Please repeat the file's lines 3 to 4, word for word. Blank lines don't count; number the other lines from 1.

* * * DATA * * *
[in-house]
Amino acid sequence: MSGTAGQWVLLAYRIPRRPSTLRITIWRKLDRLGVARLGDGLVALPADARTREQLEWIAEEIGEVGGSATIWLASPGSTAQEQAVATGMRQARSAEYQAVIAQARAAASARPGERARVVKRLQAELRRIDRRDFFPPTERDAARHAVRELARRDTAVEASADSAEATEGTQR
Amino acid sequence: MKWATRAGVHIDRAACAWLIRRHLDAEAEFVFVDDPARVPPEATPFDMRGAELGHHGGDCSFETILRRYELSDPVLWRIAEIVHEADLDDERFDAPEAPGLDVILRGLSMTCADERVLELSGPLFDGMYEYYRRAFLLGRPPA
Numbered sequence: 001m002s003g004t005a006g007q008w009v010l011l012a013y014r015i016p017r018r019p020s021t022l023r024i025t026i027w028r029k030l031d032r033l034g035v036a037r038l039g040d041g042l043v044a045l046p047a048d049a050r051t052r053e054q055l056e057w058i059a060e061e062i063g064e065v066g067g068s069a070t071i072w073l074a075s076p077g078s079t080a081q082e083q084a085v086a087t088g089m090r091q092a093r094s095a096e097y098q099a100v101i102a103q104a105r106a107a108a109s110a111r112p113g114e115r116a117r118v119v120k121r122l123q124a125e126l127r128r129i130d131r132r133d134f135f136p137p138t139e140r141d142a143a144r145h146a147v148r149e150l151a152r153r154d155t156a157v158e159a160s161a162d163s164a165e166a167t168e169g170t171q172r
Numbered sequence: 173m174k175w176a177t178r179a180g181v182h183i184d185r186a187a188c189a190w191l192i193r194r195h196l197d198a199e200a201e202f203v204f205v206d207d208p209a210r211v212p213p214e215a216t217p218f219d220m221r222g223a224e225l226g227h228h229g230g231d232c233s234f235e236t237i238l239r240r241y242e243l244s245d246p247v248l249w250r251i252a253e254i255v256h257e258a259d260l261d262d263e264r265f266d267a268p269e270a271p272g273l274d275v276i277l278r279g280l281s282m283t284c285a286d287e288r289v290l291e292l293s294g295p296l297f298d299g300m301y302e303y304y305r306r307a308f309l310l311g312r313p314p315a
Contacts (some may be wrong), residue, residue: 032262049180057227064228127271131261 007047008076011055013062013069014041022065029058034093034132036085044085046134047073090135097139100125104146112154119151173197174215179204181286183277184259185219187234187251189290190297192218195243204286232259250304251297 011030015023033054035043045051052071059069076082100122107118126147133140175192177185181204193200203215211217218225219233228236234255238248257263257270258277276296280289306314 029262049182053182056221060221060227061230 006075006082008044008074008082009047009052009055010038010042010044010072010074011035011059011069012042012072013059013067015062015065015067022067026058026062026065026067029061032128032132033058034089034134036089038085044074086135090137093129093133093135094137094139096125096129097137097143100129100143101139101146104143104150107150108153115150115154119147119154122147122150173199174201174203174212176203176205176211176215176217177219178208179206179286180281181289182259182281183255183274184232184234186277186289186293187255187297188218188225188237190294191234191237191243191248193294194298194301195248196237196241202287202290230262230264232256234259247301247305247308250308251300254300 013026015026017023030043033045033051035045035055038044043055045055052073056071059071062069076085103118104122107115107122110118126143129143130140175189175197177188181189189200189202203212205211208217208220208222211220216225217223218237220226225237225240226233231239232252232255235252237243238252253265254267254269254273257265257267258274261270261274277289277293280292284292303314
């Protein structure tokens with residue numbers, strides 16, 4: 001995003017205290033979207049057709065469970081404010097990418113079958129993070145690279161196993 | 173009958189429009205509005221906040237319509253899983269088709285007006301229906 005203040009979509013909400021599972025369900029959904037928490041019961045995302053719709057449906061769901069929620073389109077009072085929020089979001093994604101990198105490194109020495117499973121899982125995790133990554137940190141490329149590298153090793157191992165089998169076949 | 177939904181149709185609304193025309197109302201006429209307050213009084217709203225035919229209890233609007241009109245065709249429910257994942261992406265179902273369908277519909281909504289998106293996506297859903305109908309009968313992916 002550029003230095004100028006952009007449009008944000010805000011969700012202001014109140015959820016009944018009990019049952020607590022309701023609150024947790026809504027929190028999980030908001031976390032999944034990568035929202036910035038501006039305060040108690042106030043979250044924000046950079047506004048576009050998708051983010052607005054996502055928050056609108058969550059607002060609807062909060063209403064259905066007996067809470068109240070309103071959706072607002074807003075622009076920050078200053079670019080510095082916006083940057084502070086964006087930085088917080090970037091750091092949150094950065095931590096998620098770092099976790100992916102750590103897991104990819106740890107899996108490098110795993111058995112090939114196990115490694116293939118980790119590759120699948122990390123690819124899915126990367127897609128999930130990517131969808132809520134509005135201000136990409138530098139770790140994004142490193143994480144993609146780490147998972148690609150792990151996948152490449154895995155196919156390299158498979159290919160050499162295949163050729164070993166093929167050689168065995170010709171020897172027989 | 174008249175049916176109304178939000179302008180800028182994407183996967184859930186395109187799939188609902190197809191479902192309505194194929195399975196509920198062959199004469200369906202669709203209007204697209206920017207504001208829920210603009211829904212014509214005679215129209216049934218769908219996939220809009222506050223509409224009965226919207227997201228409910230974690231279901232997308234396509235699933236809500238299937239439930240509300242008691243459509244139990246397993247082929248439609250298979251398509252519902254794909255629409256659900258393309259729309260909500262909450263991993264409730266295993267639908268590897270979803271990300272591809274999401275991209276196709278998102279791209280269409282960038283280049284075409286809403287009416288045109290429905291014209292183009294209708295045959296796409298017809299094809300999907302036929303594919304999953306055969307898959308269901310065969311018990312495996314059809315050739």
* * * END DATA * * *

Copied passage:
Amino acid sequence: MKWATRAGVHIDRAACAWLIRRHLDAEAEFVFVDDPARVPPEATPFDMRGAELGHHGGDCSFETILRRYELSDPVLWRIAEIVHEADLDDERFDAPEAPGLDVILRGLSMTCADERVLELSGPLFDGMYEYYRRAFLLGRPPA
Numbered sequence: 001m002s003g004t005a006g007q008w009v010l011l012a013y014r015i016p017r018r019p020s021t022l023r024i025t026i027w028r029k030l031d032r033l034g035v036a037r038l039g040d041g042l043v044a045l046p047a048d049a050r051t052r053e054q055l056e057w058i059a060e061e062i063g064e065v066g067g068s069a070t071i072w073l074a075s076p077g078s079t080a081q082e083q084a085v086a087t088g089m090r091q092a093r094s095a096e097y098q099a100v101i102a103q104a105r106a107a108a109s110a111r112p113g114e115r116a117r118v119v120k121r122l123q124a125e126l127r128r129i130d131r132r133d134f135f136p137p138t139e140r141d142a143a144r145h146a147v148r149e150l151a152r153r154d155t156a157v158e159a160s161a162d163s164a165e166a167t168e169g170t171q172r